In November 2015, Richert was hired by GPS, a staffing company that provides temporary employees to two Duracell Manufacturing facilities in Cleveland, Tennessee: a battery manufacturing plant on Mouse Creek Road (“Mouse Creek”) and a packing plant on Old Tasso Road (“Tasso”). Richert was assigned to work at Tasso. Due to high noise levels at the facility, Richert asked to be moved to a different working area. Her request was granted, but it did not solve the problem; the Tasso plant was “loud all over.” Richert did not complain to anyone in management about the noise specifically, but after one month, she requested a transfer. Soon after, Richert was transferred to Mouse Creek [D. 41, at 2].

         At some point thereafter, Richert was subjected to what she believed to be sexually harassing behavior from Randy Butcher, a Duracell employee who worked on the second shift with her once every three weeks [D. 38-1, at 80]. The duration of the harassment is unclear, due in large part to Richert's own inconsistent statements. For instance, in her response to GPS's motion for summary judgment, Richert says that she worked at Duracell “without incident from December 2015 until March 2016, ” and that the harassing comments were made “on or about March 15, 2016.” [D. 41, at 2]. This timeline is also reflected in the complaint and incident investigation forms that Richert submitted to GPS on March 16, in which she stated that the harassment occurred between March 7 and 11, and on March 15 [see D. 38-1, at 80, 81]. However, in her deposition, Richert states that the harassment began in January, and that the dates that she wrote on the complaint forms are inaccurate [D. 38-1, at 43]. And in her amended complaint, Richert says that she was subject to sexually inappropriate advances “throughout her employment” [D. 19, at 4].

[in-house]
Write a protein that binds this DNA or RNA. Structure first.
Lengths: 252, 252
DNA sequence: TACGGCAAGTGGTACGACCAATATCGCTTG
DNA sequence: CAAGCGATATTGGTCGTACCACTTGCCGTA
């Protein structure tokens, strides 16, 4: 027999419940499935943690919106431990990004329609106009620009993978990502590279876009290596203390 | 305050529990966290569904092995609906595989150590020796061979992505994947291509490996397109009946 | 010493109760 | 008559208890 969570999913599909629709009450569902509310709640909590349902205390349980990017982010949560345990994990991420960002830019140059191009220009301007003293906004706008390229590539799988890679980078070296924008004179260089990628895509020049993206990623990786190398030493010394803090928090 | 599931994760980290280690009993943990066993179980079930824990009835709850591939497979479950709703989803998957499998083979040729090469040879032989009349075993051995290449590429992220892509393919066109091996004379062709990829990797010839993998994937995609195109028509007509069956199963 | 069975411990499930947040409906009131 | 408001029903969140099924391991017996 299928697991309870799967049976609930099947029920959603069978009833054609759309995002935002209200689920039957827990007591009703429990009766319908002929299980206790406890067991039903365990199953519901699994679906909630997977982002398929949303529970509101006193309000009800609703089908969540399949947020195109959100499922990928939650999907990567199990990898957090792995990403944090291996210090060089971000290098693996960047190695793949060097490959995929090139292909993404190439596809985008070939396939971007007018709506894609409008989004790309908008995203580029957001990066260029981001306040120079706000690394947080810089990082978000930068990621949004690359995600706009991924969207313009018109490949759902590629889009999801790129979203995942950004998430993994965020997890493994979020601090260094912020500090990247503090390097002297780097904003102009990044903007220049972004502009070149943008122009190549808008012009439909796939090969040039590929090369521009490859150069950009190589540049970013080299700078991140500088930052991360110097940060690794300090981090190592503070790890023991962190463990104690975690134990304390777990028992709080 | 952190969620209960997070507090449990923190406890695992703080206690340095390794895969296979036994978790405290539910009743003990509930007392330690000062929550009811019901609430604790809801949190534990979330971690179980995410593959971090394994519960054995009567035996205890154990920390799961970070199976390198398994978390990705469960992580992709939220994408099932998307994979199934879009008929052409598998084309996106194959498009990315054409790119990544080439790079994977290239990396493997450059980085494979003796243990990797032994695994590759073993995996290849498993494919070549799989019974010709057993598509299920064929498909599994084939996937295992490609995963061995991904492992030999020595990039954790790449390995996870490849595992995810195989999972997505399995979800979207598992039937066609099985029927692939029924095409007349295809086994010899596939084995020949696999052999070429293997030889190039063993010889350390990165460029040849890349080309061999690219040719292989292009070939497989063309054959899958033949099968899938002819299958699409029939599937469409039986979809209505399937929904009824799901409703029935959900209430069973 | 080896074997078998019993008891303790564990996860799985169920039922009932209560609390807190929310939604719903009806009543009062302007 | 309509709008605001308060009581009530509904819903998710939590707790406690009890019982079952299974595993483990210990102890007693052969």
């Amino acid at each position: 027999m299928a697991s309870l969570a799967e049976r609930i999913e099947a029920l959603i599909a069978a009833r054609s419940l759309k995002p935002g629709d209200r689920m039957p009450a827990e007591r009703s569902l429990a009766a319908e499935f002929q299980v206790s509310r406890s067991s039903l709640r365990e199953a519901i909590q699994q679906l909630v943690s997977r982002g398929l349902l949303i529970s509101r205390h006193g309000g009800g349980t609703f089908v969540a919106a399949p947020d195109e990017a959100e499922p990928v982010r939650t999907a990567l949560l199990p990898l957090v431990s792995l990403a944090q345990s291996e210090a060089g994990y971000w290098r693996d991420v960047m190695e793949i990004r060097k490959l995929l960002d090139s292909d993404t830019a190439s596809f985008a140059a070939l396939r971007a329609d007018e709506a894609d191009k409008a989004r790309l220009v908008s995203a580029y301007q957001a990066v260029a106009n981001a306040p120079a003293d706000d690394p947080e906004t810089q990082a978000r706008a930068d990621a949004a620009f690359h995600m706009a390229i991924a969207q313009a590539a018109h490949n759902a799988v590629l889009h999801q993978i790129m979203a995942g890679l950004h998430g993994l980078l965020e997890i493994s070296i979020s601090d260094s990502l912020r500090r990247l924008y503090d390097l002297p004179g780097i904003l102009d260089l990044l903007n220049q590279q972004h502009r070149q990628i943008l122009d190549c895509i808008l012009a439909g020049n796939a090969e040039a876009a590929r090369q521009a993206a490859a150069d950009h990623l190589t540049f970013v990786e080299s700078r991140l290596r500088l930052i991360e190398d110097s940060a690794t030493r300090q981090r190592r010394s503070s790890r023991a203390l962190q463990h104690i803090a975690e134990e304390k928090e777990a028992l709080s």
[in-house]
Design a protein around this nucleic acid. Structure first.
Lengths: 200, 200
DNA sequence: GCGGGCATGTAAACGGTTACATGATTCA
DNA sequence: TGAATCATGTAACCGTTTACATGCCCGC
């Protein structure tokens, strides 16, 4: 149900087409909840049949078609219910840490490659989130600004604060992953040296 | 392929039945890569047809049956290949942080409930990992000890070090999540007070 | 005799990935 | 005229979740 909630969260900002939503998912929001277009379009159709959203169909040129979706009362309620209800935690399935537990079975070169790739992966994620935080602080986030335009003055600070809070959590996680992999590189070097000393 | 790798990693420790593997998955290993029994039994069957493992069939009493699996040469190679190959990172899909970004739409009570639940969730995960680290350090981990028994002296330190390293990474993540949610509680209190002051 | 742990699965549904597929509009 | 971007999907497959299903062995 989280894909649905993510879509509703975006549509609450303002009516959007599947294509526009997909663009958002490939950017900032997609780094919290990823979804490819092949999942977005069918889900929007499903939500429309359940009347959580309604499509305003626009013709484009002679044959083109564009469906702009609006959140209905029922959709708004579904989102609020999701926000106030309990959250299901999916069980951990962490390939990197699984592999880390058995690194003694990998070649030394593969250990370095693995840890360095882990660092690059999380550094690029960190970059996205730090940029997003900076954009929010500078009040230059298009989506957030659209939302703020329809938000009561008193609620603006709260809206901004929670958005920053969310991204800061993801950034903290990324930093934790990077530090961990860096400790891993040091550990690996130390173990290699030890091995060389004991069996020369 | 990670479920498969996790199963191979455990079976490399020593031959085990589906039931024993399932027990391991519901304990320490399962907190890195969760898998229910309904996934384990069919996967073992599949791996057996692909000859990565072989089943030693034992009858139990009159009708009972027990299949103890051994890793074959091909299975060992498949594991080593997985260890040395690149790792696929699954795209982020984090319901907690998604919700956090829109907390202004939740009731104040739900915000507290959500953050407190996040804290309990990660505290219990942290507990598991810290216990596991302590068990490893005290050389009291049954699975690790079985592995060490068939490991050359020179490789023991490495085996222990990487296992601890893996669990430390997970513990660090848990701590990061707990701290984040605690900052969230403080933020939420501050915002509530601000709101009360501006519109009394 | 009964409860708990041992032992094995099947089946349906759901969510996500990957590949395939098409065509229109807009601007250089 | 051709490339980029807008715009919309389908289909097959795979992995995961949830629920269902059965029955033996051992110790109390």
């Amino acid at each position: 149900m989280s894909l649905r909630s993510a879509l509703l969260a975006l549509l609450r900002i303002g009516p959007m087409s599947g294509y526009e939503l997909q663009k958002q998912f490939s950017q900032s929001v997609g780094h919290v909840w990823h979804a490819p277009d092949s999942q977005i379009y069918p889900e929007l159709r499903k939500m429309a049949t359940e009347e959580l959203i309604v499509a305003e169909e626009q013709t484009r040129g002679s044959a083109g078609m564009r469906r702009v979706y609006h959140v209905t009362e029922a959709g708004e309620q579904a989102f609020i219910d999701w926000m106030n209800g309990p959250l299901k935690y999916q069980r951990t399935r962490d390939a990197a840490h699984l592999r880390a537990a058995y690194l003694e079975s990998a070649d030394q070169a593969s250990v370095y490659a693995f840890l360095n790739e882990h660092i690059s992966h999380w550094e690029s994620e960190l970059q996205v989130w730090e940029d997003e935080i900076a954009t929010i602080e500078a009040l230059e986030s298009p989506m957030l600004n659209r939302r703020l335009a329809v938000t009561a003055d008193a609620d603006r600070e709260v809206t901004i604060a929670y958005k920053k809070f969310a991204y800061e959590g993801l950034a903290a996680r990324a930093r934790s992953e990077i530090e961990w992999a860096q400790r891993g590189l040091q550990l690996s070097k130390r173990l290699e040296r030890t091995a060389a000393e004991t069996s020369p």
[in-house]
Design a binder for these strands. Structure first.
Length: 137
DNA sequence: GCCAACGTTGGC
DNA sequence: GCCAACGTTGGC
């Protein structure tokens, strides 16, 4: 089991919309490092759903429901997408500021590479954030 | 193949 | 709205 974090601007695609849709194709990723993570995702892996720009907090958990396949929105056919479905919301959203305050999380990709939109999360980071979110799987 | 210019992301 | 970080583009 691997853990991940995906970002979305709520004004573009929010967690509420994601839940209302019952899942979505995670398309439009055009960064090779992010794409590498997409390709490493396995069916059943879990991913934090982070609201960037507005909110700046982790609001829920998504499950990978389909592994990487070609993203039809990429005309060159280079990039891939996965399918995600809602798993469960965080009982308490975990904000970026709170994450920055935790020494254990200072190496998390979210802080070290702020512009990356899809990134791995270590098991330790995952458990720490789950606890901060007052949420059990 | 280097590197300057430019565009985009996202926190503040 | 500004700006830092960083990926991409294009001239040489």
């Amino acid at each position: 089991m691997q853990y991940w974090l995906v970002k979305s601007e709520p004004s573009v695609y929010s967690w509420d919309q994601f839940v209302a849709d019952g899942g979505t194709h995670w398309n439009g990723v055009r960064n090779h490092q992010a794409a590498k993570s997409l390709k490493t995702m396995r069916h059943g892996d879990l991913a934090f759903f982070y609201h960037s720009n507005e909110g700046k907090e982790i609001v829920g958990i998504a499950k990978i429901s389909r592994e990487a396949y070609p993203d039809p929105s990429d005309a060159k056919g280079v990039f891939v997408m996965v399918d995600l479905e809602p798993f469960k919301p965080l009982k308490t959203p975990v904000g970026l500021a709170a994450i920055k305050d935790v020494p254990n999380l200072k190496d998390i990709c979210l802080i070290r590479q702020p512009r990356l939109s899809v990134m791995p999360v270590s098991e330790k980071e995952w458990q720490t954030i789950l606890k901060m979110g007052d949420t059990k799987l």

In light of these conflicting statements, it is unclear how long the alleged harassment actually occurred. Although Richert herself has caused this confusion, it is not for the Court to decide the truth of the matter. Thus, for purposes of ruling on GPS's motion for summary judgment, the Court will construe the facts leniently and in Richert's favor, and will adopt the longest timeline of approximately three months.

         In any case, it is undisputed that Richert first reported the harassment on March 16, 2016. On that date, Richert submitted a complaint form to GPS management, detailing the harassment that she experienced:

Butcher told me that he loves my jeans several times. He told me that he loves to watch me bend over a palletizer. He will always watch me when I'm in zone 3, same zone as him. I have caught him several times looking at me while I was bent over. Amber Simpson has also heard Butcher say he thought I was on a dance pedestal so he was going to stand there and watch me.

[Id.]. Richert testified in her deposition that Butcher would make multiple comments to her in a day [Id. at 35]. He also stared at her when he walked by, although he never touched her [Id. at 3].

         GPS promptly opened an investigation into the allegations. During the course of the investigation, GPS personnel interviewed Richert on numerous occasions and spoke with Amber Simpson, the only witness that Richert had identified. After filing her complaint, Richert saw Butcher at work on only one occasion, and a Duracell supervisor sent him home.

         Following the investigation, GPS explained to Richert that because Butcher was a Duracell employee, GPS was powerless to fire him or transfer him to another facility. GPS then offered Richert three possible solutions: she could (1) speak to Duracell directly; (2) transfer to a different shift at Mouse Creek; or (3) transfer back to Tasso. Richert agrees that these are the only options that GPS could offer. But she also says that because Butcher was on a rotating shift at Mouse Creek, transferring to Tasso was the only way she could completely avoid working with him.

         Even so, Richert did not initially select this option. Instead, she texted Wren Walker, Director of Operations for GPS, to ask about other job openings at ...